Shelli and Bill Gregory of Lexington often take their three children to a Kentucky state park on weekends to spend time together outdoors.
But this year, Shelli Gregory said, the family wanted to add a challenge to their pastime. They entered the Kentucky Department of Parks' Family Adventure Quest, a scavenger hunt for teams of families or friends.
The Gregorys and their children Allie, 13, Will, 11, and Clay, 6, began their quest on Friday at Waveland, an antebellum mansion in Fayette County. They called themselves the Storming the Castle team, a reference to one of their favorite scenes in the movie The Princess Bride.
For their first quest, the Gregorys took on a challenge to visit any historic home and "explore the outside details with the eye of an artist. Share a close up photo of any architectural or structural detail you find particularly beautiful or interesting."
The Gregorys photographed details on columns and shutters on the exterior of the home at Waveland.
In its seventh year, the Family Adventure Quest presents a series of challenges that teams complete by seeking out facts or objects in Kentucky's 50 state parks and supplying a photo as the answer.
The hunt is not a competition, and teams go at their own pace. The hunt can be completed through Dec. 1. Teams can answer some questions by visiting any of several parks, while some challenges are park-specific.
Depending upon the number of challenges a team completes, members can receive free overnight stays at park lodges, passes to museums or forts or gift cards they can use at state parks.
Teams must have a digital camera to document their progress, and they submit photos on a CD. Each team pays a $15 registration fee and receives items they might need on their adventures — an insulated tote that they can carry food in, a Kentucky State Parks calendar planner, and informational materials.
Eighty one teams including 333 people entered the Family Adventure Quest in 2011, said Gil Lawson, a spokesman for Kentucky's Tourism, Arts and Heritage Cabinet. So far in 2012, 80 teams have signed up.
Wendy and Ed Rogers of Mount Sterling and their son Gabe, 12, are in their fourth year of entering the quest. They visited 12 state parks last year.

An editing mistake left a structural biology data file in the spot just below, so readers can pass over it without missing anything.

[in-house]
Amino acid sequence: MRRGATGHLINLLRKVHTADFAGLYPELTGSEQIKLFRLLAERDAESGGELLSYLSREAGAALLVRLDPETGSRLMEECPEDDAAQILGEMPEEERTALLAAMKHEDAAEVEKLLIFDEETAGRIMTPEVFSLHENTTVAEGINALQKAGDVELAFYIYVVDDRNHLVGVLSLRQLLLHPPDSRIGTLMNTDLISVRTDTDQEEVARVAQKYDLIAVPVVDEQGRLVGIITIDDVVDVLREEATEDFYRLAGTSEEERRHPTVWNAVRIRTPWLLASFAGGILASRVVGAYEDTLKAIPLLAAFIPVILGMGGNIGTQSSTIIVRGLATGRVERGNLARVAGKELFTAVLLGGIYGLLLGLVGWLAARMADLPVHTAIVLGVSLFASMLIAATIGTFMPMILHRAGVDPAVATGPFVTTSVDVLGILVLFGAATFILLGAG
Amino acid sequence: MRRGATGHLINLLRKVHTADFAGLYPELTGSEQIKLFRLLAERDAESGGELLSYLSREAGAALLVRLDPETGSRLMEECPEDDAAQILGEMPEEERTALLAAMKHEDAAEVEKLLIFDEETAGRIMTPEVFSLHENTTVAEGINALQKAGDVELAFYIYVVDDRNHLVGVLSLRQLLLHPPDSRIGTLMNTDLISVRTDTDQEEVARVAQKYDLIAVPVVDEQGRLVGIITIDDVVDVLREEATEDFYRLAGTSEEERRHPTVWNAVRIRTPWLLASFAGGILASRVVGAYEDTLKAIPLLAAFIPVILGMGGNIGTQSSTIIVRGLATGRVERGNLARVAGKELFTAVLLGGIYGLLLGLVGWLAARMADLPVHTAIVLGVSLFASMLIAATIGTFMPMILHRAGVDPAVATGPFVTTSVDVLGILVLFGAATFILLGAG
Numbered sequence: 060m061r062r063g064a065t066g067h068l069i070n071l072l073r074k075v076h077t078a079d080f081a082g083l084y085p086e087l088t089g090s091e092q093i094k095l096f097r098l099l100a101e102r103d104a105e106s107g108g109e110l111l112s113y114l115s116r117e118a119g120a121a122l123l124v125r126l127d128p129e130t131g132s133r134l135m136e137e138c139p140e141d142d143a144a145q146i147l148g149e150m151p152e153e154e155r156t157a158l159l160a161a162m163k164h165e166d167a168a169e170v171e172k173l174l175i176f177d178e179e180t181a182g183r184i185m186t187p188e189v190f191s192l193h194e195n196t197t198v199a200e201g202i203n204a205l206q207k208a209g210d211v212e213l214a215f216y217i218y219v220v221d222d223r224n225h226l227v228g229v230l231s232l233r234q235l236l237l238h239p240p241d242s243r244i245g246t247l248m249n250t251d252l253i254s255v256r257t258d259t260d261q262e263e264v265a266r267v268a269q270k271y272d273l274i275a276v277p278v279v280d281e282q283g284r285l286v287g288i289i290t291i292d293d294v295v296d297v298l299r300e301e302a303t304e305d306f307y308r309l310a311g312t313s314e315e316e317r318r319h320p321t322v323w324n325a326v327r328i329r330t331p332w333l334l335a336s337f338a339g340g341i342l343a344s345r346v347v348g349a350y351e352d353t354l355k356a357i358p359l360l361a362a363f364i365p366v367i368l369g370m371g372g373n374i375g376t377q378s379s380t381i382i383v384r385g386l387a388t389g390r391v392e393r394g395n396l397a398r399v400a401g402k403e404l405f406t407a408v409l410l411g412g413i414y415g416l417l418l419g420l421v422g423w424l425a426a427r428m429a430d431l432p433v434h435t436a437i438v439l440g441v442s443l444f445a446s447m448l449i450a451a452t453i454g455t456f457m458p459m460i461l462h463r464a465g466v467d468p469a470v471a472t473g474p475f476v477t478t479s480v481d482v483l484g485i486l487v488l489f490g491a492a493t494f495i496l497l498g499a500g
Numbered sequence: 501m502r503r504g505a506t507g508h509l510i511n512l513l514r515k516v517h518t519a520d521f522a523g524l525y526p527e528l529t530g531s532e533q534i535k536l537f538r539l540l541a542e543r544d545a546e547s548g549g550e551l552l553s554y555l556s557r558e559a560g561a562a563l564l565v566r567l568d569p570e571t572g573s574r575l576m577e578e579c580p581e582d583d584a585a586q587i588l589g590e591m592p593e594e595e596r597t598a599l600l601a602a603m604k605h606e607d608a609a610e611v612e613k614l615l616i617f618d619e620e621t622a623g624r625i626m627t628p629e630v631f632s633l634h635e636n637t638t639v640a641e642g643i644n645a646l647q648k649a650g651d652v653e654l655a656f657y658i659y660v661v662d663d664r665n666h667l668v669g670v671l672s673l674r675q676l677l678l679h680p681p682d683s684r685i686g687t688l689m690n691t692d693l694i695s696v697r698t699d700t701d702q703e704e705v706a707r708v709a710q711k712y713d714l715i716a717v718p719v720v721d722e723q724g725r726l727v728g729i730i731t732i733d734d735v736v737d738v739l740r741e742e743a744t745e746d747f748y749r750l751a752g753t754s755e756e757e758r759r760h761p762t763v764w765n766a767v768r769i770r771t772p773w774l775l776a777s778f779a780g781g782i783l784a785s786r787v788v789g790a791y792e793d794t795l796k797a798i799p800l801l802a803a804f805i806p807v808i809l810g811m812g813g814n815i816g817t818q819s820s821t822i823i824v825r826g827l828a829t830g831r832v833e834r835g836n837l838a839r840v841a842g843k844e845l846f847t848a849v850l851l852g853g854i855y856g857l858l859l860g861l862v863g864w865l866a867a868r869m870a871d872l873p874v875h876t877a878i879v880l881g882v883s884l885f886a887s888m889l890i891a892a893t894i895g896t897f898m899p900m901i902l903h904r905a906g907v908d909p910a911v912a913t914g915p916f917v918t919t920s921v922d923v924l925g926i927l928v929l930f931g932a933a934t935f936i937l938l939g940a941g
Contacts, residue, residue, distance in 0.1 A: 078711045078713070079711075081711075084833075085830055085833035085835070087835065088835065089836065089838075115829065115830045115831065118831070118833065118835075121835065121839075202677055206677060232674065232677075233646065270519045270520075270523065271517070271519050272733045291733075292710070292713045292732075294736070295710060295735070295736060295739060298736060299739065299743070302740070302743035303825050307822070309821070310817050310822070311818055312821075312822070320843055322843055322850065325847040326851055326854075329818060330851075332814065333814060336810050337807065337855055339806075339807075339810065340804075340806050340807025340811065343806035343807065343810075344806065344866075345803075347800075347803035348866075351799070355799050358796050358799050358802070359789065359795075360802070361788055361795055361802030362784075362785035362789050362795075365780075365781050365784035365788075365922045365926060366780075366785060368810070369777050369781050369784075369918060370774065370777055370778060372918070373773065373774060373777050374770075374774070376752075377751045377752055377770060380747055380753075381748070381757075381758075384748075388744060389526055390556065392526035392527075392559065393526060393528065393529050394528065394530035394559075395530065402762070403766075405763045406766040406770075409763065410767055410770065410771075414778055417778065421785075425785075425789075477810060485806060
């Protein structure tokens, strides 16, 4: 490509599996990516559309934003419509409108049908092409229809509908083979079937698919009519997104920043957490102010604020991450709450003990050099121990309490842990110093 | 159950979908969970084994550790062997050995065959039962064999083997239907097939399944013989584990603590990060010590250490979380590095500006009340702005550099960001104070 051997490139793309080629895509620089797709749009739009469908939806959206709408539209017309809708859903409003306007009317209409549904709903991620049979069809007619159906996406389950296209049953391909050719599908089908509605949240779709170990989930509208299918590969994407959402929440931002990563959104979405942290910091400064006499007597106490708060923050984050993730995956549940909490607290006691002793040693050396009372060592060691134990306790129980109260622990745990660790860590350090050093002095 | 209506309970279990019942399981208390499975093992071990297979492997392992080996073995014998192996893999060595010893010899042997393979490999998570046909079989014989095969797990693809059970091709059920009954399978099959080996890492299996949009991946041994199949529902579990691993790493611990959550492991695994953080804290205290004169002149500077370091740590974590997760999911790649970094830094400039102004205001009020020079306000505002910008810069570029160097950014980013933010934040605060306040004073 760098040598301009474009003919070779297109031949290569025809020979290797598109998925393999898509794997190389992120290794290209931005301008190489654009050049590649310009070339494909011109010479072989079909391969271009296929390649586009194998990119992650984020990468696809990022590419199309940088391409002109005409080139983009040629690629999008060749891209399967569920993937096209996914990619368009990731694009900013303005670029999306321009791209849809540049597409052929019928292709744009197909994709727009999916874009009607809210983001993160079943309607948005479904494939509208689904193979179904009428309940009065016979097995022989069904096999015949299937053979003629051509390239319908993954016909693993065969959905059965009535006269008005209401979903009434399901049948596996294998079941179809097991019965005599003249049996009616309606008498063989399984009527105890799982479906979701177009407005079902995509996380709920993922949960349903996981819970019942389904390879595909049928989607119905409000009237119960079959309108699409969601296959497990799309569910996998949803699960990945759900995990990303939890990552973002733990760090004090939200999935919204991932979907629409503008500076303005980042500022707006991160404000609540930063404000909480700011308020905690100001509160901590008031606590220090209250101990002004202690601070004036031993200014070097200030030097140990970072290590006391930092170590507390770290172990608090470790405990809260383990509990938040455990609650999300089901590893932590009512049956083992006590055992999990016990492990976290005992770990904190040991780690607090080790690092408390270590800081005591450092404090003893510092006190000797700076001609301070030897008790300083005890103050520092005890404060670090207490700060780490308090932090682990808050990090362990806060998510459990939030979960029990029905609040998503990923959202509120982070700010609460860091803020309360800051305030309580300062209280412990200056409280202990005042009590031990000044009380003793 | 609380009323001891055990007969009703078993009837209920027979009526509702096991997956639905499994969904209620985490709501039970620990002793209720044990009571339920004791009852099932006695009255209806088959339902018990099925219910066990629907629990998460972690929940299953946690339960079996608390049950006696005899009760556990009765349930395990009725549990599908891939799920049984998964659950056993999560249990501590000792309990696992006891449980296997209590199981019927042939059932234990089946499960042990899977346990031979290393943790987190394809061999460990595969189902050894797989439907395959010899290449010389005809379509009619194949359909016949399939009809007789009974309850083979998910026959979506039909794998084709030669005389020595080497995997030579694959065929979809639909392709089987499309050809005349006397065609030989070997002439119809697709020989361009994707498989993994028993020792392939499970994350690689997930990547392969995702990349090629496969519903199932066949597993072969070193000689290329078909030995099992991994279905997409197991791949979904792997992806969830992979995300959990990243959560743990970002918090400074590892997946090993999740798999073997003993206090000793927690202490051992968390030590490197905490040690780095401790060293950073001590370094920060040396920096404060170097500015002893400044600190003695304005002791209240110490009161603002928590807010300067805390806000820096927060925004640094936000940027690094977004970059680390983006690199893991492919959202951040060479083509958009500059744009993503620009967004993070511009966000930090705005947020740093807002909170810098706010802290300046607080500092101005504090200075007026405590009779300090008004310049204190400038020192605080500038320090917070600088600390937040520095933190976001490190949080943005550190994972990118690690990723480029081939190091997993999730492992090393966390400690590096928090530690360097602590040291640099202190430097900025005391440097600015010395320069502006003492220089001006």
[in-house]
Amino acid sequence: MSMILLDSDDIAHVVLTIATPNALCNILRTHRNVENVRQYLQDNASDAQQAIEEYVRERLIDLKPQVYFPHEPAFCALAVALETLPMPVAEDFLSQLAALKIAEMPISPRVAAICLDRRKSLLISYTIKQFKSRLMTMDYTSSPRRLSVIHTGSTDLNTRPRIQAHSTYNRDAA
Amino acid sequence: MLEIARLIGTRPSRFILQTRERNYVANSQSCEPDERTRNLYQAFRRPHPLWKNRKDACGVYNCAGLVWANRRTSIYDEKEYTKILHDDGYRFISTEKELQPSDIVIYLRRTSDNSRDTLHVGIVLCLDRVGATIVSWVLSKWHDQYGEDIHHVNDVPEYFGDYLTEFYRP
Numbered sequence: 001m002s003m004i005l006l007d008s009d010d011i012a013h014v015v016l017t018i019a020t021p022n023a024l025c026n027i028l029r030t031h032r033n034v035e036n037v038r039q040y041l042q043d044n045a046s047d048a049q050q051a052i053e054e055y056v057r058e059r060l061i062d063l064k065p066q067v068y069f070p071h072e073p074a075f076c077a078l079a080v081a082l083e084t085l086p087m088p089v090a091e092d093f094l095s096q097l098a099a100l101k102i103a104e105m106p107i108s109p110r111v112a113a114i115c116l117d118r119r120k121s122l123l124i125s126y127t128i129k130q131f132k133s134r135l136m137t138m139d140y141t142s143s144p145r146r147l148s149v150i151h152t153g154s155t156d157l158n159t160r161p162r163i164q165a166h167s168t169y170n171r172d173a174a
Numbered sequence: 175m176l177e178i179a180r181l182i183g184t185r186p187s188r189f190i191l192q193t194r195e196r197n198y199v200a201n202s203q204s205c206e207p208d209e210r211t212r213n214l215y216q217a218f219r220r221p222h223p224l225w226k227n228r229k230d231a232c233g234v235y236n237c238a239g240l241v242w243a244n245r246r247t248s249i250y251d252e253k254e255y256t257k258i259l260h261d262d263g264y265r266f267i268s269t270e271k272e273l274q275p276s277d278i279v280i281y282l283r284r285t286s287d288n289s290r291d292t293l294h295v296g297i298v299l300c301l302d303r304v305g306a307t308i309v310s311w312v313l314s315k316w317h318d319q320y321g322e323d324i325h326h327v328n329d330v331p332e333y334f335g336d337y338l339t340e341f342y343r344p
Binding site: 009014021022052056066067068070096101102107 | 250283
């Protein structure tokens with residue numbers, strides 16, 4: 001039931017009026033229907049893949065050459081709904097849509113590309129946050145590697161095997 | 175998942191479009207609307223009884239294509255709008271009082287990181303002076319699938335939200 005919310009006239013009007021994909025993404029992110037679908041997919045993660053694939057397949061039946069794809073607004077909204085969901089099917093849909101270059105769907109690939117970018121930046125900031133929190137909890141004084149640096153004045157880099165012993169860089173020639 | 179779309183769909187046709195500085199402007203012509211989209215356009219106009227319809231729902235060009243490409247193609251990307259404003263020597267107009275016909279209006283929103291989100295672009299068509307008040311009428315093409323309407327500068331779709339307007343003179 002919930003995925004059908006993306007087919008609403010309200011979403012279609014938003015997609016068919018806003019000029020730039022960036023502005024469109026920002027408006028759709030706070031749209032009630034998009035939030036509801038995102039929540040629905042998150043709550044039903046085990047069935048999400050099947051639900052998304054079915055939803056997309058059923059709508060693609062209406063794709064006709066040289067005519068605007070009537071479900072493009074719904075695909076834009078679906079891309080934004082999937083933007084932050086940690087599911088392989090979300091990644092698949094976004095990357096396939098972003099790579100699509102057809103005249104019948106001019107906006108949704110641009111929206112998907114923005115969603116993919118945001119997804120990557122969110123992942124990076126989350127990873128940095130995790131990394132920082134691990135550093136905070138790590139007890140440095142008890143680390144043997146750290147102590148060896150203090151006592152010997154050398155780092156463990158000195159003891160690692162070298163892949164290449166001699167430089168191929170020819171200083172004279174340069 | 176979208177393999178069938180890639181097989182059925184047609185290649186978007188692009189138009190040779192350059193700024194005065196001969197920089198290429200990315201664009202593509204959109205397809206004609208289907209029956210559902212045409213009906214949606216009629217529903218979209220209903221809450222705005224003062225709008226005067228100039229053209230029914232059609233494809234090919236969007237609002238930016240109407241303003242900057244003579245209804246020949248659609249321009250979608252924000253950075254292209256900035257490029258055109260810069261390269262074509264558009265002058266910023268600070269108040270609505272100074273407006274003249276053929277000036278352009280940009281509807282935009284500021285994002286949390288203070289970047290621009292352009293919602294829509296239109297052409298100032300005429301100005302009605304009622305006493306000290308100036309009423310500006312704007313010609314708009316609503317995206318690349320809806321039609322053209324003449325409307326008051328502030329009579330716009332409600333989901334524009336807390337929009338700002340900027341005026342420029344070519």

Already this year, Wendy Rogers said, her family has been to Lake Barkley State Resort Park in Western Kentucky, Big Bone Lick State Park in Northern Kentucky, and Buckhorn Lake State Resort Park in Eastern Kentucky.
Wendy Rogers said the Adventure Quest allows her family "to get away from the technology rich world that we live in ...and do things like fishing and hiking," and to see that "there is value in things other than the computer and video games."
Kevin and Alice Green, their son Eric, 9, and their daughter Katherine 17, of Lawrenceburg, have participated for the last few years.
"There is actually a lot of interesting things at the Kentucky State Parks that are usually within a day's drive, and a lot of it is free," Kevin Green said.
For the Greens' first trip in 2012, they will go to General Butler State Resort Park at Carrollton, Kevin Green said.
The Greens have won a $50 gift certificate to the state parks, which Kevin Green said they used to pay their camping fees.
Katherine Green said she is busy during the week with school and extracurricular activities, said she sees the adventure quest as a way she can spend time with her parents and brother.
"It gets in some family bonding," she said.
Meanwhile, Shelli Gregory and her family plan on visiting at least 13 parks in 2012 as part of the Adventure Quest. The Gregorys are studying a packet sent to them by the state to map out their next move.
"We'll plan our summer that way," Shelli Gregory said.